What is Goodland’s Not-So-Secret Identity? Can you name a person, place, thing or event that really stands out to you as a signature part of life in Goodland? The High Plains Museum will be hosting a Kansas Town Hall Program in October and we are starting to look at how our identity has developed. When one thinks of branding irons what do you think of? Most think of the Old West and cowboys on cattle drives, but branding irons have been around for thousands of years.
Branding livestock has been around since 2700 BC with the Ancient Egyptians. Ancient Romans also used branding irons but not for livestock as much. When we think about branding irons however we think of the cowboys and the West. Branding irons sear a specific identifying symbol into the cow to help identify the cow’s owner. It was also a means of protecting cattle from thieves and to help separate the cattle when it was time to take the herd to market.
The symbol on a branding iron can be letters, numbers or shapes and can be simple or have embellishments such as wings or feet that are added to the letters, numbers or shapes. These embellishments add to the name of the brand. For example if a letter has wings it is flying while feet mean walking. Thus, if the branding iron was a “C” the name would become “Flying C” or “Walking C”. There are several other designations for the names that can be found here.
The High Plains Museum has many kinds of branding irons. Some are single letters, while others are several symbols combined; this is called a ligature which according Merriam-Webster is “a printed or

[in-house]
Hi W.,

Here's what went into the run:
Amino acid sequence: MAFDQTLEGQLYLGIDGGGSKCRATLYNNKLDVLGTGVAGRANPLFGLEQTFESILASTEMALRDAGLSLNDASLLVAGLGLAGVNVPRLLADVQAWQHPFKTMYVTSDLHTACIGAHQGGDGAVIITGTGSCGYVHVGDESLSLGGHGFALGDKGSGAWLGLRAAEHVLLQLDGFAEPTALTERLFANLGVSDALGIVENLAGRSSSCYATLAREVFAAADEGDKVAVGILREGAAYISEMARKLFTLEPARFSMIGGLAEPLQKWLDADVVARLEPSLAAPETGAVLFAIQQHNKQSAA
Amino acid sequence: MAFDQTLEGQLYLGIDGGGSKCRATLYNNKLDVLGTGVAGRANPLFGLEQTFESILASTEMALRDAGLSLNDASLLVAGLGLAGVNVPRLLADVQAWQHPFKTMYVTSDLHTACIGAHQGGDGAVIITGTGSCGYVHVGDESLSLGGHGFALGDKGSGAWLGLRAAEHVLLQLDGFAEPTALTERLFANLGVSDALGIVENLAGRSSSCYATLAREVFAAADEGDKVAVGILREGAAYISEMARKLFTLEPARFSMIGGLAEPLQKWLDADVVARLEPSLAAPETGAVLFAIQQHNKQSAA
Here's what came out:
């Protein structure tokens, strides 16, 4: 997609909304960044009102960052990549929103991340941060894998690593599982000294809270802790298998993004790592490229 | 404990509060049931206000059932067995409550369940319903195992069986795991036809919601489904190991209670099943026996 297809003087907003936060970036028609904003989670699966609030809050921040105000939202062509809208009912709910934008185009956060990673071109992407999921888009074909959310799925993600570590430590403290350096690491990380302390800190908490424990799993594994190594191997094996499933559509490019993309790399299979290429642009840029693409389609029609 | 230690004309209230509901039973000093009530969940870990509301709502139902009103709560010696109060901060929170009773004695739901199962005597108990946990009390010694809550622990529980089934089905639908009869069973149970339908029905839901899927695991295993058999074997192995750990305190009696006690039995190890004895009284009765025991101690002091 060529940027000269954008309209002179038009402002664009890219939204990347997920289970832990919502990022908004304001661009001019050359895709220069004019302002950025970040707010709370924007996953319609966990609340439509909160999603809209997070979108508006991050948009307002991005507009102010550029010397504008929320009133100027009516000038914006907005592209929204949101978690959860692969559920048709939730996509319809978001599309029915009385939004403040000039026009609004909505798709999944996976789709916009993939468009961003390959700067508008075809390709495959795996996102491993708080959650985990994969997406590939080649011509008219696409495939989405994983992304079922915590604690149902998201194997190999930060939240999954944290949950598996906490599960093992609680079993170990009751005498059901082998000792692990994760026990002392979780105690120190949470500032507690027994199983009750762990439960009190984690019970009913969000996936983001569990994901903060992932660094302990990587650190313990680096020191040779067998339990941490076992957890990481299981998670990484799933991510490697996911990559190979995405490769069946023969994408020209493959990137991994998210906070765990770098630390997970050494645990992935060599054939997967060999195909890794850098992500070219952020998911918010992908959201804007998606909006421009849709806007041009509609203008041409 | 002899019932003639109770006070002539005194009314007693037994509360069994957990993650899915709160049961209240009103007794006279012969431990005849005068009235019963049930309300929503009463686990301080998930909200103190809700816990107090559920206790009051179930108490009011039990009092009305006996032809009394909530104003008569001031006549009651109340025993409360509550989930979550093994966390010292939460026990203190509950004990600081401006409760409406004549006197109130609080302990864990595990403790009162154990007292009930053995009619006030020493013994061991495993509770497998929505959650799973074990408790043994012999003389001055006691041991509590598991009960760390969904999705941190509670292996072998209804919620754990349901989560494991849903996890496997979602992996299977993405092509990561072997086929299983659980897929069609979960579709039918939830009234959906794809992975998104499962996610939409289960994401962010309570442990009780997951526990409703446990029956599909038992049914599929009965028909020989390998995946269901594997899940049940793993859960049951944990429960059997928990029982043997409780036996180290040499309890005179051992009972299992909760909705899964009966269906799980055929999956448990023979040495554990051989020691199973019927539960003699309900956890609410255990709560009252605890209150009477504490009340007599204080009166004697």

written character consisting of two or more letters or characters joined together; such as ae.” The photograph on the right shows a branding iron that has the letters “BE” and is 21 inches long. Unfortunately we have no way of knowing that the BE stands for, but like the other branding irons it does help to define Sherman County’s identity.
When settlers first came to Sherman County, much like today, it was wide open space. Many of the settlers were farmers or ranchers and needed a way to identify their cattle. Branding irons were used to achieve this. However an issue arose with the cattle on the open plains. Huge herds of cattle could and would destroy crops with the homesteader being helpless against the herd. Over time homesteaders took it upon themselves to start to kill some of cattle, which prompted the herd owners to send cowboys to catch the culprits. In return Sherman County homesteaders founded the “Homesteaders Union Association” or the H.U.A. It was a secret organization with a secret handshake, password and members had to take an oath; which if broken the punishment was death. The purpose of the H.U.A. was to help protect those homesteaders who took action against the huge herds of cattle, so that no punishment would result. The club reached its peak in 1887 and gradually declined afterwards.
This organization along with the branding irons helped define our identity by allowing ranchers to thrive in the area. The H.U.A. also helps define our identity by showing that the people of Sherman County were willing to come together to help one another out. It also shows that organizations could be powerful tools and agents of change, whether good or bad. While cattle are not as popular as they once were in the area, there are still ranchers around who use branding irons to help identity their cattle. It is something that was an Old West tradition that has never been forgotten.
This Kansas Town Hall program is funded in part by the Kansas Humanities Council, in partnership with the Eisenhower Presidential Library & Museum. Additional support is provided by the Edith Leveranz Stunkel Foundation of Manhattan, Kansas.